Mistakes in decisions about goals are the greatest single cause of human incompetence.
Individual human potential is limitless, and as organizations are made up of human beings, the potential for any organization to achieve its goals is also limitless. An enormous opportunity to improve productivity and quality of working life, almost without exception, exists in striving for greater degrees of clarity and focus on what is important, where an organization wants to be, and how to get there.
Effective organizations and people rarely achieve superior results by chance. Success requires more than mere daydreaming, more than vague desire. It even requires more than hard work. Target setting is the key ingredient to success.
Without target setting, huge amounts of energy can be lost, unharnessed, unused. Conversely, by working consistently toward the attainment of certain clearly defined, specific targets, energy can be tightly focused and the results astounding.
Targets are set to steer the organization/team/individual during the short-term. They are the short-term benchmarks that show progress against longer-term goals. Targets are set to define, in precise terms, particular levels for the delivery of outputs. Together with feedback information, targets monitor and control variance so as to improve the quality, quantity, and timeliness of outputs to the identified customers. Target-setting often fails to achieve the desired results because the targets are not properly set.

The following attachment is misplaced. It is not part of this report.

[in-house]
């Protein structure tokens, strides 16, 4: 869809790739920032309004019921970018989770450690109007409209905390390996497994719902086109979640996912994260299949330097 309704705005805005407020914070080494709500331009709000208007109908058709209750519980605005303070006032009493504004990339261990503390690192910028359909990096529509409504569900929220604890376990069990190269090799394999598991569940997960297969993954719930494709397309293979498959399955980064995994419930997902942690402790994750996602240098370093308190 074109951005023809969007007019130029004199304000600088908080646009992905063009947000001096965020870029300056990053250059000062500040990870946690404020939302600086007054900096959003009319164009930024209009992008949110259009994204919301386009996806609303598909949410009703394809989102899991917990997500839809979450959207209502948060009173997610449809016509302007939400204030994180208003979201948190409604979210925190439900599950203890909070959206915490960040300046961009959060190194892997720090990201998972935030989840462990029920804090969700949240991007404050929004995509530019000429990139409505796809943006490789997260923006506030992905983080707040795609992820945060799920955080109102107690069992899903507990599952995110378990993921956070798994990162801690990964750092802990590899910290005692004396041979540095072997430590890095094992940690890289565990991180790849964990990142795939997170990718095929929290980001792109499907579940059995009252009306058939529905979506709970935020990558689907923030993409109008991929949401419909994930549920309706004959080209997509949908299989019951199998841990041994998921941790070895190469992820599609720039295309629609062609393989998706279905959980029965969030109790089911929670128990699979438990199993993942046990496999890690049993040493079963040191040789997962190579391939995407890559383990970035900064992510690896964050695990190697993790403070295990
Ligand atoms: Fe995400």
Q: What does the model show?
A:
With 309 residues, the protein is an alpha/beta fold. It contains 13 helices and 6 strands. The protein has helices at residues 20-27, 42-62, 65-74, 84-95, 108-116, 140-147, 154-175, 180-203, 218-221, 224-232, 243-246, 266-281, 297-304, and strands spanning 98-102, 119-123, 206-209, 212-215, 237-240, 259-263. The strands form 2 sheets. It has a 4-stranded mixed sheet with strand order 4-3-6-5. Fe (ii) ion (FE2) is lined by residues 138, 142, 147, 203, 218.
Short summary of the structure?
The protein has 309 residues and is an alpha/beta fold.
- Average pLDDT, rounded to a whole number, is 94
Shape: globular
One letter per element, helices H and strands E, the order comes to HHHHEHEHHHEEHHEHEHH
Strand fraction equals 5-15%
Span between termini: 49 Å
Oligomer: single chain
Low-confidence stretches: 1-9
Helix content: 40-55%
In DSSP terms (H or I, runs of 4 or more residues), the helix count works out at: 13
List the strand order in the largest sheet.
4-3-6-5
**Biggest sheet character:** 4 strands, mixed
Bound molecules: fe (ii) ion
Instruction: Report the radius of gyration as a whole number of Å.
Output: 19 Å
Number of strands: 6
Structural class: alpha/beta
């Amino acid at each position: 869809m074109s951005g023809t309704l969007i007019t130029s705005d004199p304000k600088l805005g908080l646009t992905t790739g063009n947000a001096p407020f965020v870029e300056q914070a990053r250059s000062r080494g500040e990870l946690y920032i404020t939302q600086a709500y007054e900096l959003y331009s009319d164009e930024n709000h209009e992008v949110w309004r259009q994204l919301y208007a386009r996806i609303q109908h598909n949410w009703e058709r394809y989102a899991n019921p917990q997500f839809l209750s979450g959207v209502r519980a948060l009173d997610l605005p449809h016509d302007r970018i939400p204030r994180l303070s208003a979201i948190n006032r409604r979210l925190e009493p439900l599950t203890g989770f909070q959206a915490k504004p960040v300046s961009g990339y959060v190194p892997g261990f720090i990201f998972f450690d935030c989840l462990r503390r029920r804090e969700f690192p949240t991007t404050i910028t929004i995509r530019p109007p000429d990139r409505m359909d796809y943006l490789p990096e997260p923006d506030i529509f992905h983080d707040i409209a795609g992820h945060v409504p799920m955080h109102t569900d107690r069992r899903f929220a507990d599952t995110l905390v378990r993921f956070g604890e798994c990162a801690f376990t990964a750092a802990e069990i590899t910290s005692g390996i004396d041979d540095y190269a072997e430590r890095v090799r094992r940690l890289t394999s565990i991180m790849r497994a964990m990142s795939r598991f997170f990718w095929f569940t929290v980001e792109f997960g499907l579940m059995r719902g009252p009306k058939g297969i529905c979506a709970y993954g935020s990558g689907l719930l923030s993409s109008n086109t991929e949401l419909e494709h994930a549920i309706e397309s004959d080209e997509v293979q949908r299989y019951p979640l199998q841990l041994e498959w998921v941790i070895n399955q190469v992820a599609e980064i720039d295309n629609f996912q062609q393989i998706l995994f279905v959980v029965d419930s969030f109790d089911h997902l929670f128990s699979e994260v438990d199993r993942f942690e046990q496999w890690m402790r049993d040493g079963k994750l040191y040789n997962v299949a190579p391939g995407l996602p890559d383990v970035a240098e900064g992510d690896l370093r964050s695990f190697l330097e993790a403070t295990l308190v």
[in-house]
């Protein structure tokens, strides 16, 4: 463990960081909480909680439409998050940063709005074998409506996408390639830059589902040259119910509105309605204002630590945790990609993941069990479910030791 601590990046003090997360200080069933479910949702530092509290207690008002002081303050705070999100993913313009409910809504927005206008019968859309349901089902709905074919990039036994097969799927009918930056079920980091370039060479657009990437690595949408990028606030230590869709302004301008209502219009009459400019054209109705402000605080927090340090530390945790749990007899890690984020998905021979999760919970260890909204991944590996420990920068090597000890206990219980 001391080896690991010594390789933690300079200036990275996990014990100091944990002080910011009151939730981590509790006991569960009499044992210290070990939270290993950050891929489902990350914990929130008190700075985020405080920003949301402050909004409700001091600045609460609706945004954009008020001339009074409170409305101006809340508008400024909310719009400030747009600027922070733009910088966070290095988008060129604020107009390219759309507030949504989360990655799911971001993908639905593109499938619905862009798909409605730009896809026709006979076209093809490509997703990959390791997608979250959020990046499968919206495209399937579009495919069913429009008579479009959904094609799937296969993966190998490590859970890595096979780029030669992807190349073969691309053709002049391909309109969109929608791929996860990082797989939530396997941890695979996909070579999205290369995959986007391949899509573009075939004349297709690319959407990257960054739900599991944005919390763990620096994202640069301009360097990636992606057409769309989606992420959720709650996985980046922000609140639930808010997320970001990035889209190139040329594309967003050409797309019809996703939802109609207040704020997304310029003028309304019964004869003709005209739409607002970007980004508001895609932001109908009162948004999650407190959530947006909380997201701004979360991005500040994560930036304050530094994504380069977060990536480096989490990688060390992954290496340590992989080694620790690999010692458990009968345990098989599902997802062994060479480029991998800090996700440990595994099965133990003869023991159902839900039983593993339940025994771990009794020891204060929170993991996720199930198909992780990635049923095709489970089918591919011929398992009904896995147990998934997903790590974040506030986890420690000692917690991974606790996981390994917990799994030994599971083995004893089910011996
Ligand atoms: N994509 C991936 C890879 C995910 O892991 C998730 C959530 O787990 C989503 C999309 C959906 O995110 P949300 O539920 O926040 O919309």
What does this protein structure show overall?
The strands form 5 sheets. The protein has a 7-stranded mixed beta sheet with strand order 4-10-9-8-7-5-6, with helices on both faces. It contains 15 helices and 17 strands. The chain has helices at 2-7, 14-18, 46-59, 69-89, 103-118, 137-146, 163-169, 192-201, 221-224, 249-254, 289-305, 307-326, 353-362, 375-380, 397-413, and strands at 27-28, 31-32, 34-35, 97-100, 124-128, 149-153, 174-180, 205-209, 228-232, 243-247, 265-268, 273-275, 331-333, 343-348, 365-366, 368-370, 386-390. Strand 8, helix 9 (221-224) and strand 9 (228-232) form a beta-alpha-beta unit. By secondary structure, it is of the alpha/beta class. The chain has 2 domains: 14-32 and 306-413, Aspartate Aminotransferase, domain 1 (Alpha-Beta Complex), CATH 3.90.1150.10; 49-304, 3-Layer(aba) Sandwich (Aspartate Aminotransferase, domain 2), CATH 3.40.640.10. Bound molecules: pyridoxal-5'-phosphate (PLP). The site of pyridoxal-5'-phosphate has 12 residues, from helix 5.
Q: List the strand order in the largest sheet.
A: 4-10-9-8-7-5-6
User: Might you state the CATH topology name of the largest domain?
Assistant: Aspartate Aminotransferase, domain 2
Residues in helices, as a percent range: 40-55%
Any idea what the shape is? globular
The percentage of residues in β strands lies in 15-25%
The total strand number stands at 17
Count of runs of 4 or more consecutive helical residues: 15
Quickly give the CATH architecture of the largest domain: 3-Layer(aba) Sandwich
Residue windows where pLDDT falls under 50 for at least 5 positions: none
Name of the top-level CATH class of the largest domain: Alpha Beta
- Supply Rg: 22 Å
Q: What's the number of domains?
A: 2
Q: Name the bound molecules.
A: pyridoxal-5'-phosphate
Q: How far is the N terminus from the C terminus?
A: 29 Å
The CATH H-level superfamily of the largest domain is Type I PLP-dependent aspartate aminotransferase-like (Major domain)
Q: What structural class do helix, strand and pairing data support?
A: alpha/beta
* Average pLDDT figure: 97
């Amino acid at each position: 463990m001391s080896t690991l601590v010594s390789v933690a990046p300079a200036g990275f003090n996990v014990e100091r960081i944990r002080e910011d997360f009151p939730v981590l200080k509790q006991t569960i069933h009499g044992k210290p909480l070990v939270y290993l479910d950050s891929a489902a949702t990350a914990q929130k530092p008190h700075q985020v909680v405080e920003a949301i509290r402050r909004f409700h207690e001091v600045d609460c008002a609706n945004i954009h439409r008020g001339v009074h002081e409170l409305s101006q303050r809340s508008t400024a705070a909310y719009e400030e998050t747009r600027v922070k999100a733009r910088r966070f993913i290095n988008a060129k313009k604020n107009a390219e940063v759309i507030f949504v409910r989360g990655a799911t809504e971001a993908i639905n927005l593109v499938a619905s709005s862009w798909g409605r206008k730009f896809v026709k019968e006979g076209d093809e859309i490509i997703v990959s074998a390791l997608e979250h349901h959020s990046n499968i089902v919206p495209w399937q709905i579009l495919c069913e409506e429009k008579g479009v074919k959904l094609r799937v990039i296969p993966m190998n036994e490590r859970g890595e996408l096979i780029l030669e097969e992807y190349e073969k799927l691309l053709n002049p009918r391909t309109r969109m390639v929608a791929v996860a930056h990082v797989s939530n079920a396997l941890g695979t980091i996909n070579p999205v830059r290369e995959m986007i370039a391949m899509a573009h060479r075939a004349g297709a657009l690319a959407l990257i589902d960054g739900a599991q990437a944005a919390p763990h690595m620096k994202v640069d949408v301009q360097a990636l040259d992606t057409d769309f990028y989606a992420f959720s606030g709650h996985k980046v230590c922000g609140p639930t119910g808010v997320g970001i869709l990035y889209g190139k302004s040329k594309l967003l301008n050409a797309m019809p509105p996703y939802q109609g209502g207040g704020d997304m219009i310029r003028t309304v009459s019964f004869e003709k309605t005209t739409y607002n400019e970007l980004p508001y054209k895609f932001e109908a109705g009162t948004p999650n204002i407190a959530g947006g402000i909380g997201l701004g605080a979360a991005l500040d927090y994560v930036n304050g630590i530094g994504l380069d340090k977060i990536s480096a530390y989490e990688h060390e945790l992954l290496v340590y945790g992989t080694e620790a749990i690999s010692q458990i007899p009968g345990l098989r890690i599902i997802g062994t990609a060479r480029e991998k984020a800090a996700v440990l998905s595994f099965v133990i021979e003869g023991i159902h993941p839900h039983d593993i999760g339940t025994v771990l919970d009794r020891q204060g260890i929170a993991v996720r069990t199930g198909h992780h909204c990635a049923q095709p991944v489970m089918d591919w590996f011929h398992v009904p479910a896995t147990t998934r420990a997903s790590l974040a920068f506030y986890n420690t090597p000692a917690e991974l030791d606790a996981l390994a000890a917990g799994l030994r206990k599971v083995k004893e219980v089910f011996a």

The most common pitfalls include:
- Targets define activities or tasks instead of outputs;
- Targets are too wordy;
- Too many or too few targets are set;
- No one is truly accountable for the target(s);
- Targets don’t express the performance measurement criteria clearly;
- Targets are not placed in the context of an overall improvement system, so they are seen as an additional task which must be performed and then forgotten about;
- Targets are either too easy or too difficult;
- Targets have an inappropriate time period.
The review of targets should be part of a systematic process. Plans should be reviewed and updated annually, coinciding with the financial year. Targets should be reviewed quarterly, and action plans monthly, weekly and even daily. Systematic review forms the basis for a continuous improvement system in line with the long-term goals of the organization.
If you are not making the progress you would like to make and are capable of making, it is simply because your goals are not clearly defined.
Paul J Myer
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